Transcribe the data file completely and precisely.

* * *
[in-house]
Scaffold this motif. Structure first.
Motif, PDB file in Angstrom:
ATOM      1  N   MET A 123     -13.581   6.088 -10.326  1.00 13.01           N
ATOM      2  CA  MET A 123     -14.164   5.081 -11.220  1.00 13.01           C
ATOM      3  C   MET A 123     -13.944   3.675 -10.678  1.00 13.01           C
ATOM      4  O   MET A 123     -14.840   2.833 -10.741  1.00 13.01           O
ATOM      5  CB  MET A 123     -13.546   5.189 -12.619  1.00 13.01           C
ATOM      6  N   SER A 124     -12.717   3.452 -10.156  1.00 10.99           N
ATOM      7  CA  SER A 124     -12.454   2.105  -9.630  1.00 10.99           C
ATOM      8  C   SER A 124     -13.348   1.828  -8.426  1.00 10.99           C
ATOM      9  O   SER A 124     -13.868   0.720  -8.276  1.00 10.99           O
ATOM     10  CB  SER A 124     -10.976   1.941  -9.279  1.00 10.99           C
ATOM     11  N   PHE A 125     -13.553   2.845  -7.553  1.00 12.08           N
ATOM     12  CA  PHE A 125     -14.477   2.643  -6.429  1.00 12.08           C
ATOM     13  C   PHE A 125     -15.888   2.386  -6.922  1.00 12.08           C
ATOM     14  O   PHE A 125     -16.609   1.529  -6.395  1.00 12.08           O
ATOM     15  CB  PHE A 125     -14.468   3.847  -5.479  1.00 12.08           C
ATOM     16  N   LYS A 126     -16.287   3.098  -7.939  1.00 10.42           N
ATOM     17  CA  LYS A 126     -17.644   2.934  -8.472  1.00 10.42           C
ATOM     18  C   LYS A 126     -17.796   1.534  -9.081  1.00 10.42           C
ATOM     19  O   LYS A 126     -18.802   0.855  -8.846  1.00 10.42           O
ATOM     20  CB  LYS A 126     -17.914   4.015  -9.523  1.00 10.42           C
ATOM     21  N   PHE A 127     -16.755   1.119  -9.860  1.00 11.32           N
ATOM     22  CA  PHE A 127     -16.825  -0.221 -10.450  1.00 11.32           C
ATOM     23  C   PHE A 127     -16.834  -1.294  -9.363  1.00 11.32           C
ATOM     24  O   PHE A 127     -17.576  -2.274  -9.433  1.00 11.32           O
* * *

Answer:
[in-house]
Scaffold this motif. Structure first.
Motif, PDB file in Angstrom:
ATOM      1  N   MET A 123     -13.581   6.088 -10.326  1.00 13.01           N
ATOM      2  CA  MET A 123     -14.164   5.081 -11.220  1.00 13.01           C
ATOM      3  C   MET A 123     -13.944   3.675 -10.678  1.00 13.01           C
ATOM      4  O   MET A 123     -14.840   2.833 -10.741  1.00 13.01           O
ATOM      5  CB  MET A 123     -13.546   5.189 -12.619  1.00 13.01           C
ATOM      6  N   SER A 124     -12.717   3.452 -10.156  1.00 10.99           N
ATOM      7  CA  SER A 124     -12.454   2.105  -9.630  1.00 10.99           C
ATOM      8  C   SER A 124     -13.348   1.828  -8.426  1.00 10.99           C
ATOM      9  O   SER A 124     -13.868   0.720  -8.276  1.00 10.99           O
ATOM     10  CB  SER A 124     -10.976   1.941  -9.279  1.00 10.99           C
ATOM     11  N   PHE A 125     -13.553   2.845  -7.553  1.00 12.08           N
ATOM     12  CA  PHE A 125     -14.477   2.643  -6.429  1.00 12.08           C
ATOM     13  C   PHE A 125     -15.888   2.386  -6.922  1.00 12.08           C
ATOM     14  O   PHE A 125     -16.609   1.529  -6.395  1.00 12.08           O
ATOM     15  CB  PHE A 125     -14.468   3.847  -5.479  1.00 12.08           C
ATOM     16  N   LYS A 126     -16.287   3.098  -7.939  1.00 10.42           N
ATOM     17  CA  LYS A 126     -17.644   2.934  -8.472  1.00 10.42           C
ATOM     18  C   LYS A 126     -17.796   1.534  -9.081  1.00 10.42           C
ATOM     19  O   LYS A 126     -18.802   0.855  -8.846  1.00 10.42           O
ATOM     20  CB  LYS A 126     -17.914   4.015  -9.523  1.00 10.42           C
ATOM     21  N   PHE A 127     -16.755   1.119  -9.860  1.00 11.32           N
ATOM     22  CA  PHE A 127     -16.825  -0.221 -10.450  1.00 11.32           C
ATOM     23  C   PHE A 127     -16.834  -1.294  -9.363  1.00 11.32           C
ATOM     24  O   PHE A 127     -17.576  -2.274  -9.433  1.00 11.32           O